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Tre Amici

"Chopped" winner Matthew Zappoli brings Italian classics alongside odd, but delicious, "risky" dishes.

Reviewed by Jill P. Capuzzo   
Posted September 4, 2013

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Some will be relieved, others disappointed, that you won’t find branzino in chocolate cookie crust or a ricotta-chocolate croissant with blueberry jellybean caramel sauce at Tre Amici, though those dishes helped chef/owner Matthew Zappoli win Chopped two years ago. Neither will you find food flashed with frigid liquid nitrogen or made with other high-tech techniques Zappoli studied at the Culinary Institute of America and later applied at three restaurants owned by famed chef Charlie Palmer.

What you will find are beautifully prepared classic Italian dishes that Zappoli sometimes tweaks or updates, but not so much as to upset the regulars of his popular Long Branch BYO. Zappoli, who grew up in Middletown, relished practicing molecular gastronomy in the kitchens of Palmer’s Aureole restaurants in New York and Las Vegas.

“But that’s hard to do on an everyday menu at a BYO in Long Branch,” he said in a phone interview after my visits.

When Zappoli, his brother, Paul, and Michael Cacciuttolo—the “tre amici,” or three friends—took over the 15-year-old al Piccolo Forno in 2008, they cautiously added the words Tre Amici to the existing name, not wishing to ruffle regulars.

“It was a poor decision on my part,” Zappoli admitted. This summer the three dropped the original name, the better to establish Tre Amici’s own, more progressive, identity.

“I’m trying to be a little more risky,” Zappoli said. “You’re not going to find rabbit with truffles anywhere else around here. Then again, some people come in and just want chicken parmigiana.” It is, in fact, on the menu, as is eggplant parmigiana.

I encourage customers to venture beyond the old standbys, because Zappoli’s riskier dishes are among his best. Earthy rabbit agnolotti, for example—each square of pasta is filled with a mixture of smoked loin and rib meat, braised leg and flank and mascarpone, served in the reduced braising liquid fortified with truffle oil and topped with shaved black truffles. Kabocha squash gnocchi also expands on tradition, adding squash to the potatoey pillows and serving them with sautéed squash and a wild boar ragout.

Outstanding filet mignon carpaccio was drizzled with olive oil and aged balsamic vinegar, given a dollop of olive tapenade and sprinkled with slivers of pickled red onions, capers and big crystals of black lava salt for a palpable crunch. Zappoli bumps up classic eggplant rolatini by smearing long eggplant slices with ricotta and mascarpone, rolling them up and frying them, crisping the outside while keeping the inside moist. Then he bakes the roll-ups in a tangy house marinara.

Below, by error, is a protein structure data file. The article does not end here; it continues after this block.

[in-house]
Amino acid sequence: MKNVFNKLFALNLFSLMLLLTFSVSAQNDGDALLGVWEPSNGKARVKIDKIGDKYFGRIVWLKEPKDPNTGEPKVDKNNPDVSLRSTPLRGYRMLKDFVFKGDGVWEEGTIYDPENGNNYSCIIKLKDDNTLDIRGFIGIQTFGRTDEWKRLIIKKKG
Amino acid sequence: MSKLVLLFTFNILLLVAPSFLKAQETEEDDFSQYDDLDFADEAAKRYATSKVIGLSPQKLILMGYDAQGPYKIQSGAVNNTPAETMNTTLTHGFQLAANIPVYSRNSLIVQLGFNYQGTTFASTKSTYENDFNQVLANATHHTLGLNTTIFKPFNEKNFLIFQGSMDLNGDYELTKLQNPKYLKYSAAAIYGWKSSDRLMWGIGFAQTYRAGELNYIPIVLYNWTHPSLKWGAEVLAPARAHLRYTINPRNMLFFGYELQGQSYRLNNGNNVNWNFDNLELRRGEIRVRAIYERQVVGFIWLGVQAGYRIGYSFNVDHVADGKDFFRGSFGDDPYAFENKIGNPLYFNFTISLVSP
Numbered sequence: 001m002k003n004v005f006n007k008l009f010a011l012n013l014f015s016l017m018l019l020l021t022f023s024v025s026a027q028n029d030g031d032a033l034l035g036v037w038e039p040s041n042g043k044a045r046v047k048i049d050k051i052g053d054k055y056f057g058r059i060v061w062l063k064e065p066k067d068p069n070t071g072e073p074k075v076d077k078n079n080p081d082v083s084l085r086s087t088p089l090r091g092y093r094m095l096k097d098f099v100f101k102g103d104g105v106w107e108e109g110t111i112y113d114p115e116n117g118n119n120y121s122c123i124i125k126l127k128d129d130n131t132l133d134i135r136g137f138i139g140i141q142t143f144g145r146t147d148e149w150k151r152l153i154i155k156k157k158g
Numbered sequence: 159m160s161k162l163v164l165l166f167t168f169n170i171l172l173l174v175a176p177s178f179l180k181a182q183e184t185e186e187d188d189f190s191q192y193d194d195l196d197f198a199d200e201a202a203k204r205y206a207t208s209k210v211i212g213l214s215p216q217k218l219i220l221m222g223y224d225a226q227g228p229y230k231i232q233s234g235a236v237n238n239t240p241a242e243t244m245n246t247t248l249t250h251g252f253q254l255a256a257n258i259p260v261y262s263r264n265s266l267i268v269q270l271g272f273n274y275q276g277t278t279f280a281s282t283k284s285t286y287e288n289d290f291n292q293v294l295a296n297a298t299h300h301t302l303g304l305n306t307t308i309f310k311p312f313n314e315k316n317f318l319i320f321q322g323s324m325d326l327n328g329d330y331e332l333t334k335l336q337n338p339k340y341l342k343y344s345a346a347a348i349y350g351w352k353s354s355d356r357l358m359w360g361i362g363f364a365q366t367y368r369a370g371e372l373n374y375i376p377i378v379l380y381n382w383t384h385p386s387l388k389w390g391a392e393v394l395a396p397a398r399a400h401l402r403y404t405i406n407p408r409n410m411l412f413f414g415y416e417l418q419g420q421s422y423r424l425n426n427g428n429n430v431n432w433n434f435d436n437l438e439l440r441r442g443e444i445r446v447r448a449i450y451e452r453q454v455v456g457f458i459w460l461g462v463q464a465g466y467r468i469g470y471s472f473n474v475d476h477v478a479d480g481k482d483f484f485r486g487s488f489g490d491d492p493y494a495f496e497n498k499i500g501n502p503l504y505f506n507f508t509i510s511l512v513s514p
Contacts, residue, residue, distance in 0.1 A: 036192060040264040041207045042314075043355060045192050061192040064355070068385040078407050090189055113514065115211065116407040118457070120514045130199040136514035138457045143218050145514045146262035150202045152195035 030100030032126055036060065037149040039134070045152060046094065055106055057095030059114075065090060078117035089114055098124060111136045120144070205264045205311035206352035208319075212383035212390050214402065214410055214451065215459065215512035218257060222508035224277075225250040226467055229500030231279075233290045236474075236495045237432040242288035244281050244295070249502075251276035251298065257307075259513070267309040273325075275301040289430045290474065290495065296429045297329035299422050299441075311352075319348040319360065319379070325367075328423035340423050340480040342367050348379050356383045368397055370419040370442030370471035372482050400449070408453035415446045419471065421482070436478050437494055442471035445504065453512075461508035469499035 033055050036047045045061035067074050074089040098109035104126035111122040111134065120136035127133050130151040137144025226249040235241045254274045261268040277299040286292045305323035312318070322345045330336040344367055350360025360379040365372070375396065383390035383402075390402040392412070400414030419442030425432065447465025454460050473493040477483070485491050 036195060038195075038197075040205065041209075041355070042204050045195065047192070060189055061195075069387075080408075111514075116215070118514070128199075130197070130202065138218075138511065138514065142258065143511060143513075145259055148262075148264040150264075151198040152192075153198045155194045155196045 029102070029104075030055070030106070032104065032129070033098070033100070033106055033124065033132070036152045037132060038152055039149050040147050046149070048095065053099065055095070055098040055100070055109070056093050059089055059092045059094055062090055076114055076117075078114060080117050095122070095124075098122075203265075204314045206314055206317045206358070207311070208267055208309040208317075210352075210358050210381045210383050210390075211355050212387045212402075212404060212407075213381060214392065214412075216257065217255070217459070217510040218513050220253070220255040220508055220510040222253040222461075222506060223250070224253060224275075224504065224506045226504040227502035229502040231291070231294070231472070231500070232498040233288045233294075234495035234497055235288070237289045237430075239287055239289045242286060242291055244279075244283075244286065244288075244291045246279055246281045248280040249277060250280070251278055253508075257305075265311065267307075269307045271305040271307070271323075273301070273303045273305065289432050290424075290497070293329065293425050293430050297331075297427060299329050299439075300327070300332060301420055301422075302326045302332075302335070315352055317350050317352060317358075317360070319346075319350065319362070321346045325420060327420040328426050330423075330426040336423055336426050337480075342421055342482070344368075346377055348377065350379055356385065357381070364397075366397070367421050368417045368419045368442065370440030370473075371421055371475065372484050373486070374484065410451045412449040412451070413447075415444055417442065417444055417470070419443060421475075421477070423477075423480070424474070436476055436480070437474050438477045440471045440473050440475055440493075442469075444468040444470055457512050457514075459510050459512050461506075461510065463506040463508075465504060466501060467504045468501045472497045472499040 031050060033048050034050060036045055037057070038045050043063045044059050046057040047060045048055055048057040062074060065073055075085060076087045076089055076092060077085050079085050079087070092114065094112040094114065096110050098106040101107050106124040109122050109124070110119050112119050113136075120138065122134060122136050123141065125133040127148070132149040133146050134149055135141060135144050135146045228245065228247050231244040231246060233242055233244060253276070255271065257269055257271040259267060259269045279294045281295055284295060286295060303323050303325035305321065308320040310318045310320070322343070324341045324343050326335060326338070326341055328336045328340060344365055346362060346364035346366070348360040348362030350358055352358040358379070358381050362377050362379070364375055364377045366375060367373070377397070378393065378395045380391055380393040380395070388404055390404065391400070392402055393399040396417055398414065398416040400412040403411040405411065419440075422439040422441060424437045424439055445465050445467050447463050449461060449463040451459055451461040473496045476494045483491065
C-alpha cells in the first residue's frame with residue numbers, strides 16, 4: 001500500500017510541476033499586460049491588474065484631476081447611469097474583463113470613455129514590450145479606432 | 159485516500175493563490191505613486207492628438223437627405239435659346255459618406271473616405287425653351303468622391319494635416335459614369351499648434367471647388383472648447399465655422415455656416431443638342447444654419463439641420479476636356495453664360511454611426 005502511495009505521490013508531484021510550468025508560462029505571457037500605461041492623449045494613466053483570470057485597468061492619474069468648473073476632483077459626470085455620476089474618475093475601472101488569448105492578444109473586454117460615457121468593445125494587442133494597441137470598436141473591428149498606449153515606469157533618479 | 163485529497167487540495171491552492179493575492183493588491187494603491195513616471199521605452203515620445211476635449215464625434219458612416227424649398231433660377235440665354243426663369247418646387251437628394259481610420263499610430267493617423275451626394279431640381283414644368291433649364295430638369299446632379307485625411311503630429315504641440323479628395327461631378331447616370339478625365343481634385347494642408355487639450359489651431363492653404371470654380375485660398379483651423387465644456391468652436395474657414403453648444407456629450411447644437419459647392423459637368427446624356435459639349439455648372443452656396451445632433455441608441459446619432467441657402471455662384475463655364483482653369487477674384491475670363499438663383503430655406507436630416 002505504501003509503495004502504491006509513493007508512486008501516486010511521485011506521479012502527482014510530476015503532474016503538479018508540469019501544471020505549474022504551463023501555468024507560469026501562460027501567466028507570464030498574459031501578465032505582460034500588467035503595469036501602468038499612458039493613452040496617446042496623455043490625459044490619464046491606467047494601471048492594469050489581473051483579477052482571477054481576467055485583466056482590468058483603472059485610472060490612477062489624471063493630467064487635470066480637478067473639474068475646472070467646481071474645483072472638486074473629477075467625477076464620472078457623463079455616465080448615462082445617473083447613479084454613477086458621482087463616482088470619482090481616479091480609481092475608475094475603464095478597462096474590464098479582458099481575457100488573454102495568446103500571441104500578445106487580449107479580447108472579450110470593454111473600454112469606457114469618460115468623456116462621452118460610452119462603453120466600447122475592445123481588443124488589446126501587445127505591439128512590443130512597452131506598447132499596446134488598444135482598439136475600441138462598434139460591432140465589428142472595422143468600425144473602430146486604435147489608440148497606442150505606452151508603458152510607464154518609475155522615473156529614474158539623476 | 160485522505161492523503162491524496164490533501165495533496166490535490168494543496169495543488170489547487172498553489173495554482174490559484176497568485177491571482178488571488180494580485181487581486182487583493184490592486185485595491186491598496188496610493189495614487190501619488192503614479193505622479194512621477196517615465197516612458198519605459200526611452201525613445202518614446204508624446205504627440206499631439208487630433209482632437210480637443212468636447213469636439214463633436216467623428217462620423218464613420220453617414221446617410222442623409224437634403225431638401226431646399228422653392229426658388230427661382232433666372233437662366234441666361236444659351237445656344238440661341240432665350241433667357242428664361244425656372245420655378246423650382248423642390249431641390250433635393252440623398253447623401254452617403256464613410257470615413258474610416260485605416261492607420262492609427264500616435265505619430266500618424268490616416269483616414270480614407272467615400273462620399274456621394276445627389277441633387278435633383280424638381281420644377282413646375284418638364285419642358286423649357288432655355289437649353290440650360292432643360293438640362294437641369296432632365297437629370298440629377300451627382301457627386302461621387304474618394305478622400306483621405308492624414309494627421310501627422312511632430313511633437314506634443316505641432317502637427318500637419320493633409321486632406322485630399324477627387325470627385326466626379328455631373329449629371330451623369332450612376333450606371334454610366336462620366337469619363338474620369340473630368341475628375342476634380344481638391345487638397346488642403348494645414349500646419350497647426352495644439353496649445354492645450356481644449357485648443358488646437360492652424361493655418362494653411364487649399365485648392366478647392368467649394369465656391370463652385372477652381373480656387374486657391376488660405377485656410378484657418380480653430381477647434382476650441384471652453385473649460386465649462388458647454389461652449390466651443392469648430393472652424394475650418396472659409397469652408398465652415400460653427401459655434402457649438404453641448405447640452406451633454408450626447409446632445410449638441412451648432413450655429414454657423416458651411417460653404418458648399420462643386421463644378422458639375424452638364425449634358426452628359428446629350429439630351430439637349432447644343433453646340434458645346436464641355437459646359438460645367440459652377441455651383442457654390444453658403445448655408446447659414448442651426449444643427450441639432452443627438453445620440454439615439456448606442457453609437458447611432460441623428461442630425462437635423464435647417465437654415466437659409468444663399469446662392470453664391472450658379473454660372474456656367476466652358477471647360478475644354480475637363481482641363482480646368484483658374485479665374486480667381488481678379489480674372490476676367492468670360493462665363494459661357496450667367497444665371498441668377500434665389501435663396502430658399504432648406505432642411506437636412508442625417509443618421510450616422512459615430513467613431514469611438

Less interesting  starters included fried calamari with no hint of seasoning, served with a standard tomato sauce, and over-breaded stuffed shrimp with not enough garlicky scampi sauce.

The most enjoyable entrées we tried were perfectly pan-seared sea scallops over buttery shrimp risotto, and succulent rack of lamb in a crisp goat cheese, rosemary and chive crust. Braised in Barolo and demiglace, short ribs were sweet and tender and edged with bits of extra flavorful fat. 

A butterflied, baked veal chop piccata suffered from dense breading and a tired caper and lemon sauce. Long Island Duck Two Ways delivered an invitingly moist confit leg but a dry, over-seared breast, though the blackberry compote sauce was fresh and delicious.

For dessert, house-made tiramisu gained complexity from Kahlua and Fra Angelica stirred into the mascarpone, with a pool of chocolate sauce underneath. The creaminess of a house-made, New York-style cheesecake was nicely offset by a crunchy graham cracker crust and a generous pool of fresh strawberry compote.

Too many pecan pies are cloyingly sweet, but that unfortunate tendency was smartly corralled in Tre Amici’s flaky-crust version by the simple addition of blood orange zest and a
little juice.

Like the menu, the 120-seat dining room, proficiently run by Paul Zappoli, also a Palmer alumnus, is gradually being redefined. The recent addition of thick white curtains and planters helpfully divided the vast square space into more intimate zones.
 

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